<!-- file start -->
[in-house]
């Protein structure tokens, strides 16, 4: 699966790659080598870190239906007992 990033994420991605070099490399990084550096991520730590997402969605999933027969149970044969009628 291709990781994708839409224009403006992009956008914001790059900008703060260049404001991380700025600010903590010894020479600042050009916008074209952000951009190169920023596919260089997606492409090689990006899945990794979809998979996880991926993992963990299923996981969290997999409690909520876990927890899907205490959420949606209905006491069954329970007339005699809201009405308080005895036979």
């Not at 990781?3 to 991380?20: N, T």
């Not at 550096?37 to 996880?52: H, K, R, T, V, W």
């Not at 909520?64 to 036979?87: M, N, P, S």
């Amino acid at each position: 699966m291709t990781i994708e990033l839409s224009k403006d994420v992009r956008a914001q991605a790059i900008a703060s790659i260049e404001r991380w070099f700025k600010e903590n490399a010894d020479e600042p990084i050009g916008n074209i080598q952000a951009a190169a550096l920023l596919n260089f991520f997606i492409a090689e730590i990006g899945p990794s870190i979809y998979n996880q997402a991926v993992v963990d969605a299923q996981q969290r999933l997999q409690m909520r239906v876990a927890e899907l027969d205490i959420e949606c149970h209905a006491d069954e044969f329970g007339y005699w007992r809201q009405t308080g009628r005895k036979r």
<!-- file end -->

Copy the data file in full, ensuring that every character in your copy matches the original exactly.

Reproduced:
[in-house]
């Protein structure tokens, strides 16, 4: 699966790659080598870190239906007992 990033994420991605070099490399990084550096991520730590997402969605999933027969149970044969009628 291709990781994708839409224009403006992009956008914001790059900008703060260049404001991380700025600010903590010894020479600042050009916008074209952000951009190169920023596919260089997606492409090689990006899945990794979809998979996880991926993992963990299923996981969290997999409690909520876990927890899907205490959420949606209905006491069954329970007339005699809201009405308080005895036979």
């Not at 990781?3 to 991380?20: N, T």
């Not at 550096?37 to 996880?52: H, K, R, T, V, W």
């Not at 909520?64 to 036979?87: M, N, P, S």
């Amino acid at each position: 699966m291709t990781i994708e990033l839409s224009k403006d994420v992009r956008a914001q991605a790059i900008a703060s790659i260049e404001r991380w070099f700025k600010e903590n490399a010894d020479e600042p990084i050009g916008n074209i080598q952000a951009a190169a550096l920023l596919n260089f991520f997606i492409a090689e730590i990006g899945p990794s870190i979809y998979n996880q997402a991926v993992v963990d969605a299923q996981q969290r999933l997999q409690m909520r239906v876990a927890e899907l027969d205490i959420e949606c149970h209905a006491d069954e044969f329970g007339y005699w007992r809201q009405t308080g009628r005895k036979r």